Halloween ESL Archives

The 15 Best Halloween ESL Activity Links on the (Spider) Web!

We have searched long and far, and found what we think are some of the best 15 Halloween ESL activities on the world wide Spider Web!  Enjoy. The links will take you to the individual sites. We congratulate each site for their excellent efforts in successfully publishing a spooky good activity for learning the Halloween ESL theme.

 1.  Looking for a tasty Halloween treat you can make in class (other than severed limbs?) Try this with your voracious zombies and see how they like it! Visit Site

2. With Halloween-based conversation, vocabulary, grammar and even a recipe this lesson has all the right ingredients to keep everyone busy and in the holiday spirit. Visit Site

3. Want a little history with your howls of horror? Dig a little deeper (grave?!) and learn about where Halloween actually comes from. Great question and answer sheet based on the reading as well. Visit Site

4. Never run out of things to keep your little ghouls busy. With readings, matching exercises, idioms, pair work and more, there’ll be no need to tie anyone up! Visit Site

5. Fun and creative “Dancing Witch” craft project for your aspiring sorcerers. Scissors are mandatory (knives, scythes and guillotines are optional) so watch the bloodshed! Visit Site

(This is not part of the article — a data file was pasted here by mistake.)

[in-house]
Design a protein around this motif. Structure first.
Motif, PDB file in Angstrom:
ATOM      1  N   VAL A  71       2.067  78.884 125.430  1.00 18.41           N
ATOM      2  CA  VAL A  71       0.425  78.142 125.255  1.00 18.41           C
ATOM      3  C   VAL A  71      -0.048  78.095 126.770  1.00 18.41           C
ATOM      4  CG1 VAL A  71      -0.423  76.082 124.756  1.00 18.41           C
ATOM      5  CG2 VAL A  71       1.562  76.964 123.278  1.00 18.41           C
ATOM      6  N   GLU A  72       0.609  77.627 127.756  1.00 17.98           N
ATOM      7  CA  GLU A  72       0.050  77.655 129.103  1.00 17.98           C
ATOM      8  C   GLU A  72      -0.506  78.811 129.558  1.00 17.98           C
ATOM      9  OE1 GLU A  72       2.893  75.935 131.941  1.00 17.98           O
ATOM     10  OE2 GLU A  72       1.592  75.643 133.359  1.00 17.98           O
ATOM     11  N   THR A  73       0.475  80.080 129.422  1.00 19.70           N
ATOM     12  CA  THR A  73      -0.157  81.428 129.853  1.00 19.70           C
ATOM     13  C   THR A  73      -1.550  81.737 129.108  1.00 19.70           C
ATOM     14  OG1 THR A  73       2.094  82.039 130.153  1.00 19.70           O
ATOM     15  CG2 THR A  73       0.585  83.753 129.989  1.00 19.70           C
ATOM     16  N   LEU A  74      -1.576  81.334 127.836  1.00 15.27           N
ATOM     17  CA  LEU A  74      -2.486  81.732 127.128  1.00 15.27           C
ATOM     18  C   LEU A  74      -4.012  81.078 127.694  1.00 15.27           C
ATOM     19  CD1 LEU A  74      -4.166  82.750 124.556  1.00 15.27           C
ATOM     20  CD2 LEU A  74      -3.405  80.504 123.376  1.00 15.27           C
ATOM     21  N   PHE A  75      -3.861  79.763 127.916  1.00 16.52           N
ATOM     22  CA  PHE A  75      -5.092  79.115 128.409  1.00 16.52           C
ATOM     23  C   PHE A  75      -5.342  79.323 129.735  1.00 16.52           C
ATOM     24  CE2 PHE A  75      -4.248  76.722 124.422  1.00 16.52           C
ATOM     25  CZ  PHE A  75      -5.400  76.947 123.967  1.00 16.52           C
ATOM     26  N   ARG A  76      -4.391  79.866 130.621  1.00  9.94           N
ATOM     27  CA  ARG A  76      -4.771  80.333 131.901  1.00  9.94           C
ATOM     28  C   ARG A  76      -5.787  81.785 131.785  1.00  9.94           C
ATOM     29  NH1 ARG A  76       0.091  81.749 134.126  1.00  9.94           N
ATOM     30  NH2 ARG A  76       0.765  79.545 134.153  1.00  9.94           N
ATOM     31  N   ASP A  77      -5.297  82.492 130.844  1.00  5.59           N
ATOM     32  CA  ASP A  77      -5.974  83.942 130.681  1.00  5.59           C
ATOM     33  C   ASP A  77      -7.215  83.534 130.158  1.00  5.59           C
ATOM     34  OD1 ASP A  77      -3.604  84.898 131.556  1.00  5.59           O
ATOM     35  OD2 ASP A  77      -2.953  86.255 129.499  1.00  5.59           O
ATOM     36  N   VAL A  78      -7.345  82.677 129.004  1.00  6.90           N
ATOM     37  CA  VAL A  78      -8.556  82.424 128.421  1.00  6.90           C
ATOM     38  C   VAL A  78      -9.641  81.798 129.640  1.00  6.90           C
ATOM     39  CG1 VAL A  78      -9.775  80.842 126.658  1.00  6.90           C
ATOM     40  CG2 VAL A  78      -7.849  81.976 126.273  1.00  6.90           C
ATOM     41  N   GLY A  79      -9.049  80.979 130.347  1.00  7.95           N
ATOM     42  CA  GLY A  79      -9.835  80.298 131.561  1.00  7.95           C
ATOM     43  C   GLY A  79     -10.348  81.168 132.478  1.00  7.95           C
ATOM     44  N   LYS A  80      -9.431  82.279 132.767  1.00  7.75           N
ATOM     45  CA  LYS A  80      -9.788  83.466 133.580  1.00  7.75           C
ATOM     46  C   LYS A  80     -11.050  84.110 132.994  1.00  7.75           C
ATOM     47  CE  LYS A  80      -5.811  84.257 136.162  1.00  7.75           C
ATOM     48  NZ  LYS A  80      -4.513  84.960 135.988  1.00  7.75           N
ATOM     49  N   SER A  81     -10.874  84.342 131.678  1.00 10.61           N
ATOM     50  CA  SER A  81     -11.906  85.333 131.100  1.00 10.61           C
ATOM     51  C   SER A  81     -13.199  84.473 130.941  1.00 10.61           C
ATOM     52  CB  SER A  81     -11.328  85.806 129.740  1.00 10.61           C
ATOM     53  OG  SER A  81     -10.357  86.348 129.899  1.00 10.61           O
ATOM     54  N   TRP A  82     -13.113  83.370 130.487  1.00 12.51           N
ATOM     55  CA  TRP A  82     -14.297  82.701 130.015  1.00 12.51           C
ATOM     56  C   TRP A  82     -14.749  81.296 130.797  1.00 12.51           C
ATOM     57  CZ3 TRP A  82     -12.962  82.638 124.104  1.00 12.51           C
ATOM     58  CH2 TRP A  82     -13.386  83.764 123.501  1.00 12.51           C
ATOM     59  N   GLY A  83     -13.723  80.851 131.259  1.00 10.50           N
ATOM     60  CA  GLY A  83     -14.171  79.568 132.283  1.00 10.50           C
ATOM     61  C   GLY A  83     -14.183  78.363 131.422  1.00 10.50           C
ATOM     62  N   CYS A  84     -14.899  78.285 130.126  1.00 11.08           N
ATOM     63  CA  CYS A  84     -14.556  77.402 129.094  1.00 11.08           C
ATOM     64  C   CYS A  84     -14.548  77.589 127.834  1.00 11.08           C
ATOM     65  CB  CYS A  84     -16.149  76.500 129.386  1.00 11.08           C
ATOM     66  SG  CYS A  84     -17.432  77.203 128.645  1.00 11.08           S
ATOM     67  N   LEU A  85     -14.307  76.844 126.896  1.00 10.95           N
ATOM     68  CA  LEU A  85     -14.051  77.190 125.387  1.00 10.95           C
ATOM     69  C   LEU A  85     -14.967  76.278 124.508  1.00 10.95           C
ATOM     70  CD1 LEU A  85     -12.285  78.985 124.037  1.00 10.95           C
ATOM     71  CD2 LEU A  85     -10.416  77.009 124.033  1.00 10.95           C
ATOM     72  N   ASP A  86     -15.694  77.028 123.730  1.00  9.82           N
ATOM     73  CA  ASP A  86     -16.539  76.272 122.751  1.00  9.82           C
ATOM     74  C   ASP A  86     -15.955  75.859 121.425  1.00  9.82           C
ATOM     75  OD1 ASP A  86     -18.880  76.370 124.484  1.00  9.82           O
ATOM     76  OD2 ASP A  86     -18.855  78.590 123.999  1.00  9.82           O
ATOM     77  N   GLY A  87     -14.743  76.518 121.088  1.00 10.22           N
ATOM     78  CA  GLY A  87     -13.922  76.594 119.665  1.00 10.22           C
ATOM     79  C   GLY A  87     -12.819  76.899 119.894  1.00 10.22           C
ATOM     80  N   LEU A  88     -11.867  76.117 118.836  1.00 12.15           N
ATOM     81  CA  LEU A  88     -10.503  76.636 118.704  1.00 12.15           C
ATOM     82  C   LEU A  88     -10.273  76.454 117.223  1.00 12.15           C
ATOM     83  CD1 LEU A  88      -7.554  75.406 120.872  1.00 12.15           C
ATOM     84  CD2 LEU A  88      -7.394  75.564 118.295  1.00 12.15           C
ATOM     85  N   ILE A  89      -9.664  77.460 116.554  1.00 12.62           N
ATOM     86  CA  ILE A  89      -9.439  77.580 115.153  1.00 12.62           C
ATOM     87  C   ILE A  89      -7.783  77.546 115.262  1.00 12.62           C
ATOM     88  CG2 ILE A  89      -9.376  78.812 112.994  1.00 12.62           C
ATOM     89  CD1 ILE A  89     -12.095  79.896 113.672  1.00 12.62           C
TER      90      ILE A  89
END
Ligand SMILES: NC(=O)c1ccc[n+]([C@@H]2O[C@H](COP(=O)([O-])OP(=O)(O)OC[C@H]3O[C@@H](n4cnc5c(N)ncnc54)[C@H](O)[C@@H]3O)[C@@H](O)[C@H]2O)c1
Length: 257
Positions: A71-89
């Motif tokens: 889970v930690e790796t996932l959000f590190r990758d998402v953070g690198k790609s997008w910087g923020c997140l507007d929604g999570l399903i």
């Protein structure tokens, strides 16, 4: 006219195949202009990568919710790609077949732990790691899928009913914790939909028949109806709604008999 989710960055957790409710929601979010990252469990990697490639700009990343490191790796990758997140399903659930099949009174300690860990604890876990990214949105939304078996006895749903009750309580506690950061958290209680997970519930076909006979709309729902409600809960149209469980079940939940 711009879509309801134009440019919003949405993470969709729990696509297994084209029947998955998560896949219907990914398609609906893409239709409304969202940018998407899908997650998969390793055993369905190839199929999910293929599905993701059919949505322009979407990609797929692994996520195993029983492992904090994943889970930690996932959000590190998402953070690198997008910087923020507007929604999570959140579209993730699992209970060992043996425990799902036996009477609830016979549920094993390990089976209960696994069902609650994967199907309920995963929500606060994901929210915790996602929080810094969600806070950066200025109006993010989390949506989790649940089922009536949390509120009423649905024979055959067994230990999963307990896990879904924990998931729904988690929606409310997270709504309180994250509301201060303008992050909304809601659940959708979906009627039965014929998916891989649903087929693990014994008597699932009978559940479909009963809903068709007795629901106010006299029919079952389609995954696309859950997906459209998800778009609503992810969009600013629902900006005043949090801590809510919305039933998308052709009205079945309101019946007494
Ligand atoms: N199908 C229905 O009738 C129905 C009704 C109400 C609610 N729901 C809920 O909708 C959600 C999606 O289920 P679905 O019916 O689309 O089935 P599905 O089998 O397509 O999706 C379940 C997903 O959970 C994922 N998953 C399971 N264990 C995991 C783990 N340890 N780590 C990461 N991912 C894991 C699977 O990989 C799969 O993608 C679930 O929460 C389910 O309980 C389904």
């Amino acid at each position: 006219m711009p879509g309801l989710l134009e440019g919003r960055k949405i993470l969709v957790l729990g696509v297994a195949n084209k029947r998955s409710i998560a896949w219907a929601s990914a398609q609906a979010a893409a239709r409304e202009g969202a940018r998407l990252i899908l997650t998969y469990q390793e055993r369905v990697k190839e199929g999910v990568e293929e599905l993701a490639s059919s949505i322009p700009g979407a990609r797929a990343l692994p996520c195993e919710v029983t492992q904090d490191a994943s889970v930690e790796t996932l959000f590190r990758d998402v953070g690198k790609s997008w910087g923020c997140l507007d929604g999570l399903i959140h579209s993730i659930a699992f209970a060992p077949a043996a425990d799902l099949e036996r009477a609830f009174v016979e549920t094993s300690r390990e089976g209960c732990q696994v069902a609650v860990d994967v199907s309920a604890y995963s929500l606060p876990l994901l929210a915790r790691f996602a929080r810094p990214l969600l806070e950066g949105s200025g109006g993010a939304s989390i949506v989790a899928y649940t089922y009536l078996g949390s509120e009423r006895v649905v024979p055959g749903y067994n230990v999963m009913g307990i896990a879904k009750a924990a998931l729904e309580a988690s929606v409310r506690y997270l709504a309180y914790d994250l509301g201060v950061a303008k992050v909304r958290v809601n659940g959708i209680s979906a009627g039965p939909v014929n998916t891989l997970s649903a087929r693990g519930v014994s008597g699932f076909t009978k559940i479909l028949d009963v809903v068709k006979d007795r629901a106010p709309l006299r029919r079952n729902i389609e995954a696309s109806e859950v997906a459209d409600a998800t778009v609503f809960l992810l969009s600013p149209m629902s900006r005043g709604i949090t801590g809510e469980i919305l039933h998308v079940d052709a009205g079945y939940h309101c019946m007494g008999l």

6. Super cool comic strip lesson plan to get all your students involved. A perfect opportunity to let them release their inner zombie! Visit Site

7. Easy recipes to gross out even the most ghastly of your students. Throw a blindforld on them and check out their horrified expression when you say they’re eating “lady fingers”! Visit Site

8. A real casket full of lesson plans from this link. Math, Art, Computers, Language Arts it’s all there for taking. Bwahahahaha! Visit Site

9. Here’s a great face mask activity to keep your little monsters active. Use the empty egg cartons you have left over from all the eggs you threw at cars. Visit Site

10. Want a little history with your howls of horror? Dig a little deeper (grave?!) and learn about where Halloween actually comes from. Great question and answer sheet based on the reading as well. Visit Site 

11. If you’re looking to make the hairs on the back of their neck stand stand straight up (and get a few screams out of them as well) this is the activity for you. A bit of set-up time, but it’s worth it. Visit Site